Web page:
There are two scenarios where police may be at your door. Either they have a valid search warrant, or they are attempting to do what is referred to as a “knock and talk.”
“Knock and Talk”
The first scenario is one in which the police arrive at your home, knock on the front door, and ask to speak with you, an investigative technique known as a “knock and talk.” The Fourth Amendment of the United States Constitution states: “The right of the people to be secure in their persons, houses, papers, and effects, against unreasonable searches and seizures, shall not be violated, and no Warrants shall issue, but upon probable cause.”ii In general, police must obtain a search warrant before conducting a search of a home or residence. *However, federal law does not require police to obtain a search warrant to conduct a knock and talk.
Can You Say No to the Police (if they are doing a “knock and talk”)?
Let’s make something clear: if the police ask to come inside your home or ask to search your home without a valid search warrant, you can AND SHOULD SAY ABSOLUTELY NO. Period. End of story. It is highly advisable not to let the police in at any time unless you have called them yourself. Once you invite an officer inside, any illegal activity or item they can plainly see/hear/smell is seizable. If the officer asks to look inside anything, always politely decline. Never consent to the deprivation of your rights.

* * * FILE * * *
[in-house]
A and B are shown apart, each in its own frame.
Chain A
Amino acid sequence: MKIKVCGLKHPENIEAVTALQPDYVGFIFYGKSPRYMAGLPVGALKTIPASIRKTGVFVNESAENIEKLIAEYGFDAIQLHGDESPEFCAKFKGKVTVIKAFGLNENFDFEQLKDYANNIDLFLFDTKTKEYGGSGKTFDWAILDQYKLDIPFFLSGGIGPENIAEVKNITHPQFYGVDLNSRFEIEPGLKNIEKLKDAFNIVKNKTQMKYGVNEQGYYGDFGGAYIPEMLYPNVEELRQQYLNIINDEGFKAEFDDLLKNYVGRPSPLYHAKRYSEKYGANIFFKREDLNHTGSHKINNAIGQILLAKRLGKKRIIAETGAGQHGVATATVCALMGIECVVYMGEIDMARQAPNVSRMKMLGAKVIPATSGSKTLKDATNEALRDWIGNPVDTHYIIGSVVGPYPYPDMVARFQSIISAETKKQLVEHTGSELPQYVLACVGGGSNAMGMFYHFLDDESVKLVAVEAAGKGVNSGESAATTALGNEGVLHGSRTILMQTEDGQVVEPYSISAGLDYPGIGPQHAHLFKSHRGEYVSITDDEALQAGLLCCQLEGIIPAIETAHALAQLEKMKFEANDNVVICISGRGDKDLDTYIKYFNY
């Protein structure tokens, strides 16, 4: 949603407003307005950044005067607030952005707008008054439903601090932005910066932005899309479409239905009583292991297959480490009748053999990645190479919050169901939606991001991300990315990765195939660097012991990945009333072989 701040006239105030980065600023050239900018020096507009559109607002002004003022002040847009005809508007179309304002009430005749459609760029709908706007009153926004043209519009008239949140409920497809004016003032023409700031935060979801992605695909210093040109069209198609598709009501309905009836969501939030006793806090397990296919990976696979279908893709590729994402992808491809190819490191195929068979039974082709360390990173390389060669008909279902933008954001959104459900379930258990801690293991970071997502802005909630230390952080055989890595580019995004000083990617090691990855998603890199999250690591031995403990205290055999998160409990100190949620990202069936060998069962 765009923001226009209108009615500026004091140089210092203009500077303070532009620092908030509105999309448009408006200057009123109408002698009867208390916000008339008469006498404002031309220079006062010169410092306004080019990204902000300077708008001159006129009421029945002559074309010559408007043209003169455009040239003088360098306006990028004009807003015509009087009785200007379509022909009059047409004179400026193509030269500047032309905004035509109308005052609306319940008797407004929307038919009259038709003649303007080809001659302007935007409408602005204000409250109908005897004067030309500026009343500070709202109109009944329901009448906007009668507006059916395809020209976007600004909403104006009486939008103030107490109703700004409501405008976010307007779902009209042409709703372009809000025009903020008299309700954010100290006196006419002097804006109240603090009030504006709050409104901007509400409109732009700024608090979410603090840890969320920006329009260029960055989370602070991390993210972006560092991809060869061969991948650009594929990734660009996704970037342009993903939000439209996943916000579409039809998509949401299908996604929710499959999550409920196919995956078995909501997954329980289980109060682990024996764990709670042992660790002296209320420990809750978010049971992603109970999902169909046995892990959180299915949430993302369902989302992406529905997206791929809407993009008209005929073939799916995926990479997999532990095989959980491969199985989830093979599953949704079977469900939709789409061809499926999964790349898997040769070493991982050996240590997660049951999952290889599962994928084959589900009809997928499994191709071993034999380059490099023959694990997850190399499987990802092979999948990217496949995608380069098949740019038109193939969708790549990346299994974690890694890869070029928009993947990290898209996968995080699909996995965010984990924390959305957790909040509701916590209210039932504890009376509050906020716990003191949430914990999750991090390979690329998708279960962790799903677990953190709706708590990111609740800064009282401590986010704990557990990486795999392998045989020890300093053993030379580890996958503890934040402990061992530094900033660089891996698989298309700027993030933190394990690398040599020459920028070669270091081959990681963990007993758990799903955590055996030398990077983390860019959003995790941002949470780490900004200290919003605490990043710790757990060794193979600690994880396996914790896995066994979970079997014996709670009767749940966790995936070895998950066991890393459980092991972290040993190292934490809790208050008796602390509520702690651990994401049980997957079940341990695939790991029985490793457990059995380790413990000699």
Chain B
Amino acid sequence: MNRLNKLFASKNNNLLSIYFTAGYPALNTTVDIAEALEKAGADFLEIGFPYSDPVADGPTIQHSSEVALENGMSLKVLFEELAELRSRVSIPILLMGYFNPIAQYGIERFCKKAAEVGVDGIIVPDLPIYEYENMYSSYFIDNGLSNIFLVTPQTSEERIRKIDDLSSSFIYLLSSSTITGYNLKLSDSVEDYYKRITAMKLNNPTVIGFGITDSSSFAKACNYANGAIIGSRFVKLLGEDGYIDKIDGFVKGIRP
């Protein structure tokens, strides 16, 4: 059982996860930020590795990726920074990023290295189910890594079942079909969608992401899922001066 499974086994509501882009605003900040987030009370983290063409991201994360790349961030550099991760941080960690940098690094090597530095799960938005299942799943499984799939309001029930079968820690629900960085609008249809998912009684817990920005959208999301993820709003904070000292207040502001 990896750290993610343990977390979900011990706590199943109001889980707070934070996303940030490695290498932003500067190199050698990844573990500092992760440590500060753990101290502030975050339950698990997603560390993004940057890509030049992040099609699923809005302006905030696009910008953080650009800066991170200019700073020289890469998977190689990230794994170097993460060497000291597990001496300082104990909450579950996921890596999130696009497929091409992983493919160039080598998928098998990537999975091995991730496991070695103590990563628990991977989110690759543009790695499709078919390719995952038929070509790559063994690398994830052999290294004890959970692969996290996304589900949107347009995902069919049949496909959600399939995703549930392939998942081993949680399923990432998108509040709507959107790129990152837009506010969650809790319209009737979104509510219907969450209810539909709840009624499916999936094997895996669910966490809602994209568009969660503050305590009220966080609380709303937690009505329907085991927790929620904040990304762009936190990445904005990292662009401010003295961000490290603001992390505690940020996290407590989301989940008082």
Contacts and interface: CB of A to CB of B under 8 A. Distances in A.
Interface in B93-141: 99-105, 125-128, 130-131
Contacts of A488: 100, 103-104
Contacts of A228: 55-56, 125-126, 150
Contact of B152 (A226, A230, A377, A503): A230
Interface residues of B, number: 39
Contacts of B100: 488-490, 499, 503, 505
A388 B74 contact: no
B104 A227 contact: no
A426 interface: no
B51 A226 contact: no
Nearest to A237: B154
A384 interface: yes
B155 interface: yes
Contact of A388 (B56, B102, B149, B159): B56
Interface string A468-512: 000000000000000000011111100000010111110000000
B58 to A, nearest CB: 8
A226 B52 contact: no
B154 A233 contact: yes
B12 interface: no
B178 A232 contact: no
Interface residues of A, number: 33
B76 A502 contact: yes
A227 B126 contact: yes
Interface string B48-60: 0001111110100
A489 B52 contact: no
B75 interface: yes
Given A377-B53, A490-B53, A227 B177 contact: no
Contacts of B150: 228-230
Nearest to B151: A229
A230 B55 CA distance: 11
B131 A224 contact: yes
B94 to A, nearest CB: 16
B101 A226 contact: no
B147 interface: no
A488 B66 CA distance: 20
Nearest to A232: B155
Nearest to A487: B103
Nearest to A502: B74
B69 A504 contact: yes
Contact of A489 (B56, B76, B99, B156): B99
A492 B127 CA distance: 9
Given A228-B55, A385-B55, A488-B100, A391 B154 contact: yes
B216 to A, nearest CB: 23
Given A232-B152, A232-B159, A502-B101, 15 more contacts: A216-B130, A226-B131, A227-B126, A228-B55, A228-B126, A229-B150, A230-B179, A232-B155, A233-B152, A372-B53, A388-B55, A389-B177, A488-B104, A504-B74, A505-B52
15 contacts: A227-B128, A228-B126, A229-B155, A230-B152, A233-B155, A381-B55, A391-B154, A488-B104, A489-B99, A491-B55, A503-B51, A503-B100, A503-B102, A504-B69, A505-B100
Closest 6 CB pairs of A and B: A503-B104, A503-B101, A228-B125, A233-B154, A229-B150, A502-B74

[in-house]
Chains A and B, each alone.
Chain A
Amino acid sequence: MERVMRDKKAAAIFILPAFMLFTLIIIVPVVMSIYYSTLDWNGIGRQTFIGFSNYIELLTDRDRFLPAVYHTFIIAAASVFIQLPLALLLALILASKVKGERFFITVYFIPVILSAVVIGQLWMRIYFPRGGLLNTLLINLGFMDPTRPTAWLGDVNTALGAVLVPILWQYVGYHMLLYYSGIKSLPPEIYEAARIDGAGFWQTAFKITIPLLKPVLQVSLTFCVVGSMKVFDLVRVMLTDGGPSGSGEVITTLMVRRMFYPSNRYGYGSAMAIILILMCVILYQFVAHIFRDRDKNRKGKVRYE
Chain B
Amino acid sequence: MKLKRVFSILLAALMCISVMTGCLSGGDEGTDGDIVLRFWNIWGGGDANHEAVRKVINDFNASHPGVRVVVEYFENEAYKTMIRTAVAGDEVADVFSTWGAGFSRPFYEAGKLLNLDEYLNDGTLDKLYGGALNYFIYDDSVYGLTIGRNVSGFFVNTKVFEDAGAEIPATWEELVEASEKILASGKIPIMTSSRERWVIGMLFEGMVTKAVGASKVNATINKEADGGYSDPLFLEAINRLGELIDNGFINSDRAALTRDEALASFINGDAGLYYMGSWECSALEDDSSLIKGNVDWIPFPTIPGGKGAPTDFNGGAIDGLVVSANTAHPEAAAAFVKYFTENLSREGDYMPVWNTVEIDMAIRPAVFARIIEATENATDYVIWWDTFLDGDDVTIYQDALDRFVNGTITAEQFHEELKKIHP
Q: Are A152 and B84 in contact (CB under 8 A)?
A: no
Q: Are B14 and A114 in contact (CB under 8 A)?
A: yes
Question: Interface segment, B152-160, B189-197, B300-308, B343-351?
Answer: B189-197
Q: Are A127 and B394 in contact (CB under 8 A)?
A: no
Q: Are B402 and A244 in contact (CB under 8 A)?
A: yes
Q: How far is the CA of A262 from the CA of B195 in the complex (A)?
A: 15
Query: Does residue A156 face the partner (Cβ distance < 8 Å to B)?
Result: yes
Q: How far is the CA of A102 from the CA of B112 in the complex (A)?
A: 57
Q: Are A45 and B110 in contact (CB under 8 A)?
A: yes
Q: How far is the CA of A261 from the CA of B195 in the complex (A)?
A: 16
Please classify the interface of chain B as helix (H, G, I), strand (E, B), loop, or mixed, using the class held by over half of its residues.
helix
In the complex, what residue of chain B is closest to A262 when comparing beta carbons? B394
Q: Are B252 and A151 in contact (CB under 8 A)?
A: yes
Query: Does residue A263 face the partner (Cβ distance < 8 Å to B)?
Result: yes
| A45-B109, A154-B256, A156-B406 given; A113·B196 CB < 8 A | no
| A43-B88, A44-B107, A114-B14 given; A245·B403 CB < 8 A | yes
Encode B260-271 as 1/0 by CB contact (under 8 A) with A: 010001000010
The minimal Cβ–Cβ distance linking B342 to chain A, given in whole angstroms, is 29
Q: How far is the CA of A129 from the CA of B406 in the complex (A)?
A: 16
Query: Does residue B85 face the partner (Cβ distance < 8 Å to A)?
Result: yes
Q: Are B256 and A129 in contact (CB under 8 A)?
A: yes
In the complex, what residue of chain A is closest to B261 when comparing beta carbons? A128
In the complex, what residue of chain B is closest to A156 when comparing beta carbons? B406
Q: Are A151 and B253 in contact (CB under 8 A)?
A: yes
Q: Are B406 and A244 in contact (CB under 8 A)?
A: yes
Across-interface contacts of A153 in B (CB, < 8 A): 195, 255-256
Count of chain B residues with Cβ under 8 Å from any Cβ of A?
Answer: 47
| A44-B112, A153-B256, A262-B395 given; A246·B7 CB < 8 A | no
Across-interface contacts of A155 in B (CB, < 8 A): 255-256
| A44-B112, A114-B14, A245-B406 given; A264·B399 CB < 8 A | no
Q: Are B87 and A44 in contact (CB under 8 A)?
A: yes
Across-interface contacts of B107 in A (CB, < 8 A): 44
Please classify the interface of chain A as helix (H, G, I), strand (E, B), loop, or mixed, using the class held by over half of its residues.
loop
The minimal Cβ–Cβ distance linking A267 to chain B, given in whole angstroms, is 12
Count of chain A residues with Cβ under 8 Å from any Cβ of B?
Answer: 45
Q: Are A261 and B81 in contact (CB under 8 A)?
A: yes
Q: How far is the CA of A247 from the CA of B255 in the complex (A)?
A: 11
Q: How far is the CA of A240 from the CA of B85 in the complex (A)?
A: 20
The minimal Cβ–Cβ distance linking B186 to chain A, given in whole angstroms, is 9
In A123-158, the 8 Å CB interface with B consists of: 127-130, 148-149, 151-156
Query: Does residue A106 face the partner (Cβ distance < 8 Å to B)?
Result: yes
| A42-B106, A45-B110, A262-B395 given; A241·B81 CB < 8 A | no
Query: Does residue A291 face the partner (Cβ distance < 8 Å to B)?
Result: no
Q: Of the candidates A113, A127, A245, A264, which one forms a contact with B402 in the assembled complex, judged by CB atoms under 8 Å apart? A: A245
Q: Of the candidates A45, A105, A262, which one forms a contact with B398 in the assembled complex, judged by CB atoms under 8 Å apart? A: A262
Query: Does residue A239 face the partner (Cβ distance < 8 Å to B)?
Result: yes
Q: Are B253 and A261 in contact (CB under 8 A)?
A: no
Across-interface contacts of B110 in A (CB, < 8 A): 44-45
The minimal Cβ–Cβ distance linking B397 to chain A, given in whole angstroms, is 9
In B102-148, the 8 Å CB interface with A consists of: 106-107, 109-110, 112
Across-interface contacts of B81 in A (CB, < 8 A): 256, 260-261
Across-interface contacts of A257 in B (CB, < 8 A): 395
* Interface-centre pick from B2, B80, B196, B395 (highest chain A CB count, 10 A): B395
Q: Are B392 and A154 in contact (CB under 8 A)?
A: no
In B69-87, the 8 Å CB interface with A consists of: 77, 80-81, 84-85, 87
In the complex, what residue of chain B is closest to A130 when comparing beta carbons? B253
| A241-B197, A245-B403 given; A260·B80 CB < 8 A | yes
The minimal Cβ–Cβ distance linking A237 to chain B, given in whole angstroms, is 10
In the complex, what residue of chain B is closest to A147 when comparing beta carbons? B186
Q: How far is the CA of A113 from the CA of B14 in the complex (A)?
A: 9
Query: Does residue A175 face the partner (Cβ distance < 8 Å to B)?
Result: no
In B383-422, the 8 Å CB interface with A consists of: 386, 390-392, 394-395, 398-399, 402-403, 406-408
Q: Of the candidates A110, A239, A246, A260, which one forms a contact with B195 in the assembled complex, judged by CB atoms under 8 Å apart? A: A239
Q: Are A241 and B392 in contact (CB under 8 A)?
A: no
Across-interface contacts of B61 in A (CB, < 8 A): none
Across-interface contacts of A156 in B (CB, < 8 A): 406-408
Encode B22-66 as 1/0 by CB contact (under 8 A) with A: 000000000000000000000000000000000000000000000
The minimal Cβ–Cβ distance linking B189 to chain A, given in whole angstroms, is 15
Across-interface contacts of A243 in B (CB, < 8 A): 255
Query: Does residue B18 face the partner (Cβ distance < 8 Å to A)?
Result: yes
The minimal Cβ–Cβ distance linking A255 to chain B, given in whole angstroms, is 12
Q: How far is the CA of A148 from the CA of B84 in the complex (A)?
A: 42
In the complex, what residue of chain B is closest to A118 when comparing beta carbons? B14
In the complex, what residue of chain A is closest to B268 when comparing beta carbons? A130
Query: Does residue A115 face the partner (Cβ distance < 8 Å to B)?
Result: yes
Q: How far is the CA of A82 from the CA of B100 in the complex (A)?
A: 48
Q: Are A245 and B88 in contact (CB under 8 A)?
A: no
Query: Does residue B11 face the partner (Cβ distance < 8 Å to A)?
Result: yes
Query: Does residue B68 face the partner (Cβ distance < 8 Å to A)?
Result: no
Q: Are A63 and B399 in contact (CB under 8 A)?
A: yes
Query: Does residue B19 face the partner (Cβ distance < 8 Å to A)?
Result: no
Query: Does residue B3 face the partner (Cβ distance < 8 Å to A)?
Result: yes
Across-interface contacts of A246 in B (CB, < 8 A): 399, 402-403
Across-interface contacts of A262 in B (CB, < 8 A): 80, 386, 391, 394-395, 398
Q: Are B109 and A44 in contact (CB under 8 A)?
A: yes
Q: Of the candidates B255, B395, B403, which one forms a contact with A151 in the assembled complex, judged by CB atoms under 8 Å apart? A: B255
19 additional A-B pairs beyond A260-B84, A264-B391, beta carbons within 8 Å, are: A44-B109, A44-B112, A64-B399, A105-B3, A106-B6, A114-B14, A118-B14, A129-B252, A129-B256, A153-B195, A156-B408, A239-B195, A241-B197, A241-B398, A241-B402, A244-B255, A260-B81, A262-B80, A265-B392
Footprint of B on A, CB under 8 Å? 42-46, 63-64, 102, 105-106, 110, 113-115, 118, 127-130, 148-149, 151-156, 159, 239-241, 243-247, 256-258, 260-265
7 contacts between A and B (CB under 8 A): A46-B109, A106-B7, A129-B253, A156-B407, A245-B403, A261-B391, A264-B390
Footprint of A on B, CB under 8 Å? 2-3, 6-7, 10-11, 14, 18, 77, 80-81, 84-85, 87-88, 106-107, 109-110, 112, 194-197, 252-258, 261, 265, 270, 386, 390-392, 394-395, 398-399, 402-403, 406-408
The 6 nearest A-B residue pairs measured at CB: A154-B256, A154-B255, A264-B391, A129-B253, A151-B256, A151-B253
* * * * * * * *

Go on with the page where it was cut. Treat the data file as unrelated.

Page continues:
Absent having a warrant, a police officer must have “exigent circumstances” to justify entering someone’s premises. This may be the case if they get a phone call with information that someone inside may be injured in some form or fashion.Regardless, the United States Supreme Court has made it abundantly clear that an individual has a heightened expectation of privacy in their home. Therefore, generally speaking, police need a search warrant to enter.
If the police do have a valid search warrant that specifically lists your address and home as the premises to be searched, then they can enter and conduct the search. Police can only enter, however, and search your home WITHOUT a warrant under limited conditions, such as:
- If you, or your roommate, provide verbal consent to a search;
- If the police officer witnesses contraband or illegal activity in plain sight, such as through an open door or window (i.e. weapons, possible violence, drugs, etc.);
- If you have been arrested based on “probable cause” or a warrant at your home, the officer has the authority to search you and your home for contraband, weapons, and any other possible illegal activity
- If there is an emergency; such as chasing a felon that enters into someone’s residence, medical emergencies, domestic violence (or physical violence, where an officer hears noise from the premises indicating an individual may be in danger.